Tracy D. Shipman, Petitioner-Appellant,
United States of America, Respondent-Appellee.
February 22, 2019
from the United States District Court for the Northern
District of Illinois, Western Division. No. 16 C 50016 -
Philip G. Reinhard, Judge.
Ripple, Manion, and Brennan, Circuit Judges.
BRENNAN, CIRCUIT JUDGE.
Shipman appeals the district court's denial of his
petition for collateral postconviction relief under 28 U.S.C.
§ 2255. When Shipman pleaded guilty to drug charges in
2003, the district court sentenced him under the
then-mandatory Sentencing Guidelines. Because Ship-man had
three prior "crime of violence" felony convictions,
the district court sentenced him as a "career
offender." U.S.S.G. § 4B1.1 (2002). The
career-offender provision of the Guidelines defined a
"crime of violence" in U.S.S.G. §
4B1.2(a)(1)-(2). Two passages in that guideline are at issue
here: the enumerated-offenses clause, and the residual
appeal, Shipman argues the Guidelines' residual clause is
unconstitutionally vague. We agree, a conclusion that follows
directly from our decision in Cross v. United
States, 892 F.3d 288 (7th Cir. 2018). Indeed,
Cross abrogated the rationale supporting the
district court's dismissal of Shipman's petition for
collateral relief. With that issue resolved, the case hits a
snag: the record does not conclusively show whether Shipman
was sentenced under the residual clause or the
enumerated-offenses clause. We therefore remand this case for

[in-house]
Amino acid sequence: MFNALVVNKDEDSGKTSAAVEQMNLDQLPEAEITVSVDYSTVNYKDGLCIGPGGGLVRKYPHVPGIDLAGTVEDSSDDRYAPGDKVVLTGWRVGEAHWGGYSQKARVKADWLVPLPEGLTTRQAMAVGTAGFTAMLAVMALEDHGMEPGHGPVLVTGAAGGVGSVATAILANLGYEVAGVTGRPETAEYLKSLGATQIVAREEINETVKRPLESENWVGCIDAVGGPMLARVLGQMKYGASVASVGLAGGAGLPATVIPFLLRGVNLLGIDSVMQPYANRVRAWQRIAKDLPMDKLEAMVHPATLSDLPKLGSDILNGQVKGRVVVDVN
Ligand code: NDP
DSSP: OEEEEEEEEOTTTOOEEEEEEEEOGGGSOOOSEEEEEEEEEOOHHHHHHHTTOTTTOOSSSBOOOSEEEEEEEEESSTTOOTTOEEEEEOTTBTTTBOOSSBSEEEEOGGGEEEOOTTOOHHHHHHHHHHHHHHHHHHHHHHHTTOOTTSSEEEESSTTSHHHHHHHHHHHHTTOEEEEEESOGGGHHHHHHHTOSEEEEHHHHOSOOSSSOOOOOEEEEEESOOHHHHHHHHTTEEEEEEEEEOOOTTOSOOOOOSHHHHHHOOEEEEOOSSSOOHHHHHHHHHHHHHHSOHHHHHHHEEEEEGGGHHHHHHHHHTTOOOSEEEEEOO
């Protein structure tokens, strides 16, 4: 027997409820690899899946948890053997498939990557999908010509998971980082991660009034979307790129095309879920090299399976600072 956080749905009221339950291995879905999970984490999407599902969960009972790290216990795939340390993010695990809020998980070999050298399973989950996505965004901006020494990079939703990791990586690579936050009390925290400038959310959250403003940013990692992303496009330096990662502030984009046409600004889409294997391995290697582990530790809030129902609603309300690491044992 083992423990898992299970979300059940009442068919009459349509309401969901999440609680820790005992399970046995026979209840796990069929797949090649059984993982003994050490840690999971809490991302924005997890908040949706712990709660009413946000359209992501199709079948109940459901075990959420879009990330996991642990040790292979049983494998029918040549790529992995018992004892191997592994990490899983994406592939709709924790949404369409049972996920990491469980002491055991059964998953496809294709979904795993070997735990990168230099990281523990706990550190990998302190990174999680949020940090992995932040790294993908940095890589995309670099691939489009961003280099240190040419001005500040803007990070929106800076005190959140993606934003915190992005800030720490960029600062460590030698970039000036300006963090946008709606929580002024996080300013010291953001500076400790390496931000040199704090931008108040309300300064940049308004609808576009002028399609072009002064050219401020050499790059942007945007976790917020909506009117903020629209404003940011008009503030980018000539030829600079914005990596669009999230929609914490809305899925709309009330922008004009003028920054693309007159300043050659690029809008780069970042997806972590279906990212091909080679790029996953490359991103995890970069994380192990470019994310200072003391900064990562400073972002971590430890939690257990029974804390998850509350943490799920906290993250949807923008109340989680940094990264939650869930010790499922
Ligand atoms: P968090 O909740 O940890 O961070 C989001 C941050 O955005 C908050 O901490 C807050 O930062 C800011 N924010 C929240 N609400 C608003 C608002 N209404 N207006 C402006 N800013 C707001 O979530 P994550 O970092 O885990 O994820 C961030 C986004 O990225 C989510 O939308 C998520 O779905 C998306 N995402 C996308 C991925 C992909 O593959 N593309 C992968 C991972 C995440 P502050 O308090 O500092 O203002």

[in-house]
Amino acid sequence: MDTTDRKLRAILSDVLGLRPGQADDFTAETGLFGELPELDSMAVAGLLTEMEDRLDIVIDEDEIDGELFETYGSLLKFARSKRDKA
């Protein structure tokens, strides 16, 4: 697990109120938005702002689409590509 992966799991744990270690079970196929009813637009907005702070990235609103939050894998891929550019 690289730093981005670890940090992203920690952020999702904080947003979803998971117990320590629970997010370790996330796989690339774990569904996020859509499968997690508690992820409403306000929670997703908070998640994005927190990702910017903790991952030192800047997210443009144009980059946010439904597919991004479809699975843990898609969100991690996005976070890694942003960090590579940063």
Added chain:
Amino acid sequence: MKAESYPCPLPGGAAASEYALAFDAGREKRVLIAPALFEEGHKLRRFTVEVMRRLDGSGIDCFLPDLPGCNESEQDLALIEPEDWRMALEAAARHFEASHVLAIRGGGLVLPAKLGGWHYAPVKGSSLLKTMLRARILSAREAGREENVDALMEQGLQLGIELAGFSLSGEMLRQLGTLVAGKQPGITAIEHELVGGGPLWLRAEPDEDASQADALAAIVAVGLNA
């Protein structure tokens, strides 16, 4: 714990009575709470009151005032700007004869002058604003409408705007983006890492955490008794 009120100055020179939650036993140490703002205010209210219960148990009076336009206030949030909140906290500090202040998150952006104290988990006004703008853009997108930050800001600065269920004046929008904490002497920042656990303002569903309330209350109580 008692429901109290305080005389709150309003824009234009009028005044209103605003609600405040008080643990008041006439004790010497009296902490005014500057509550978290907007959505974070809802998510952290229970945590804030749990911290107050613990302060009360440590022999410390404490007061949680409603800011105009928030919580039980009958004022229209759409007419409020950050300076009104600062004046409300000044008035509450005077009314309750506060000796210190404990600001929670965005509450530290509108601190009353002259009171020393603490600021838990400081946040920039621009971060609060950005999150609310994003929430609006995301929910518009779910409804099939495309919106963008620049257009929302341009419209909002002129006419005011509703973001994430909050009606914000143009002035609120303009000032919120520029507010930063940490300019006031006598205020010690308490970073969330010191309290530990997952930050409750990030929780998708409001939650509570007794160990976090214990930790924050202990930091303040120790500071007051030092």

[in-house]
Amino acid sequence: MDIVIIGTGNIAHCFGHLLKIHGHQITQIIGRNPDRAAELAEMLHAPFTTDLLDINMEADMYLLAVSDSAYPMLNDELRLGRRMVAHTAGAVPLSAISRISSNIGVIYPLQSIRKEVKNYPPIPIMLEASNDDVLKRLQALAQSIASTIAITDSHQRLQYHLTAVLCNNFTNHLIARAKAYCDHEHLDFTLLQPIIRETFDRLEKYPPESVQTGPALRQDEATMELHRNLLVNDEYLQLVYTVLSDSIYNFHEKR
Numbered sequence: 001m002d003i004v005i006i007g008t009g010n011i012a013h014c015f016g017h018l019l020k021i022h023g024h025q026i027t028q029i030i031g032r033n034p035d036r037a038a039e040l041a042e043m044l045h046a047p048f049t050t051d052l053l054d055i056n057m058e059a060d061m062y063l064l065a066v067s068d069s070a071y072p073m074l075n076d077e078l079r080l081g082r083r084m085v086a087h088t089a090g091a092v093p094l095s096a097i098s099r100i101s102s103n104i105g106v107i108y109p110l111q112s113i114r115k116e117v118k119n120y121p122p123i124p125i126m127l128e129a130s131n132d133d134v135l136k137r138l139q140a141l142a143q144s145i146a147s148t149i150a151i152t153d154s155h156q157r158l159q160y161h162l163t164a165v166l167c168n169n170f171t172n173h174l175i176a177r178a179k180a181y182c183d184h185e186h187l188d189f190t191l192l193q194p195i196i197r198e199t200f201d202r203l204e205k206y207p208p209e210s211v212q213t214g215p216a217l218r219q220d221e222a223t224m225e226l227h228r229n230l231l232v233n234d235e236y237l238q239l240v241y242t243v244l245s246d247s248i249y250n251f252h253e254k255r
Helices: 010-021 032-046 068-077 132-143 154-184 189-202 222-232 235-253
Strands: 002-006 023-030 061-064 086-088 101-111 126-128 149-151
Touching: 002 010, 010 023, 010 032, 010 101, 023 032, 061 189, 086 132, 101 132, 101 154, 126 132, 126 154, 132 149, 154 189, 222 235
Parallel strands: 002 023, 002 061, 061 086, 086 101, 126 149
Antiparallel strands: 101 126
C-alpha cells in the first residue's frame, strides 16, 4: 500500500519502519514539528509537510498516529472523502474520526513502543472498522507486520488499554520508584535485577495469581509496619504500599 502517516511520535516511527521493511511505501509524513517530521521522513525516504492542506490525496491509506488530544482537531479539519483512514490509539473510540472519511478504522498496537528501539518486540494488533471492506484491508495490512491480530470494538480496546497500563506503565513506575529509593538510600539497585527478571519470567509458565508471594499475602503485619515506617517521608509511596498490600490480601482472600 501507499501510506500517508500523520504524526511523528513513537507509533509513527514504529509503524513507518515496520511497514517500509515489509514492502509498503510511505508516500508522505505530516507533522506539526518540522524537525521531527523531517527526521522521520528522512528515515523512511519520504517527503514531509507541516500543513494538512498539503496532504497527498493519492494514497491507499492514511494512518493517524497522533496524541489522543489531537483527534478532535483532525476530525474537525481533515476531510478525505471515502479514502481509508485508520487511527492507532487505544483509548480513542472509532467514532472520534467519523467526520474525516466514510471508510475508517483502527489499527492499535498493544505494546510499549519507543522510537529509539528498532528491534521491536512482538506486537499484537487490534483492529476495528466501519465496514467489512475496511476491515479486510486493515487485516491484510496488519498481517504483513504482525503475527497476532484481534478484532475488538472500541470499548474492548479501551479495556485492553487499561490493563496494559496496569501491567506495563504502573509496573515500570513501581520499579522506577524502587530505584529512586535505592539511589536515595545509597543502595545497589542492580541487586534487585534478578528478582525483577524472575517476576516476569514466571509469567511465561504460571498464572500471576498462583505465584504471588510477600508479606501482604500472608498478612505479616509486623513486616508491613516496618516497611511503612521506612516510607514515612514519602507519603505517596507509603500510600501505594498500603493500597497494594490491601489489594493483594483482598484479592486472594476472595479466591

further proceedings on the merits of Ship-man's §
Cross was decided nearly seven months after the
district court issued its dismissal order, we summarize the
facts and proceedings in this case only to the extent
necessary to address the issues presented on
pleaded guilty in 2003 to conspiring to manufacture and
distribute methamphetamine in violation of 21 U.S.C. §
846 (2000). His presentence report used the 2002 Sentencing
Guidelines Manual, which at that time required district
courts to increase the offense level of a "career
offender." U.S.S.G. § 4B1.1. A defendant qualifies
as a career offender if: (1) the defendant was at least 18 at
the time of the instant offense of conviction; (2) the
offense of conviction is a "crime of violence or
controlled substance offense"; and (3) the defendant has
"at least two prior felony convictions of either a crime
of violence or a controlled substance offense." §
Shipman was sentenced in 2003, the Guidelines'
career-offender provisions defined a "crime of
violence" (in relevant part) as:
[A]ny offense under federal or state law, punishable by
imprisonment for a term exceeding one year, that-
(2) is burglary of a dwelling, arson, or extortion, involves
use of explosives, or otherwise involves conduct that
presents a serious potential risk of physical injury to
U.S.S.G. § 4B1.2(a)(2) (emphasis added). Subsection (2)
contains both the "enumerated-offenses clause"
(non-italicized text) and the "residual clause"
probation officer calculated a Guidelines sentencing range of
262 to 327 months' imprisonment, based in part on
Shipman's designation as a career offender. Shipman's
age (35 years) and this drug charge supplied the first and
second predicates for the career-offender designation. His
three prior Arkansas convictions for "residential
burglary" in 1986 and 1987 satisfied the third
predicate. Shipman did not object to the report's
career-offender designation or suggested sentencing
enhancement. The district court adopted the presentence
report's findings and calculations, classified Shipman as
a career offender, and sentenced him to 262 months'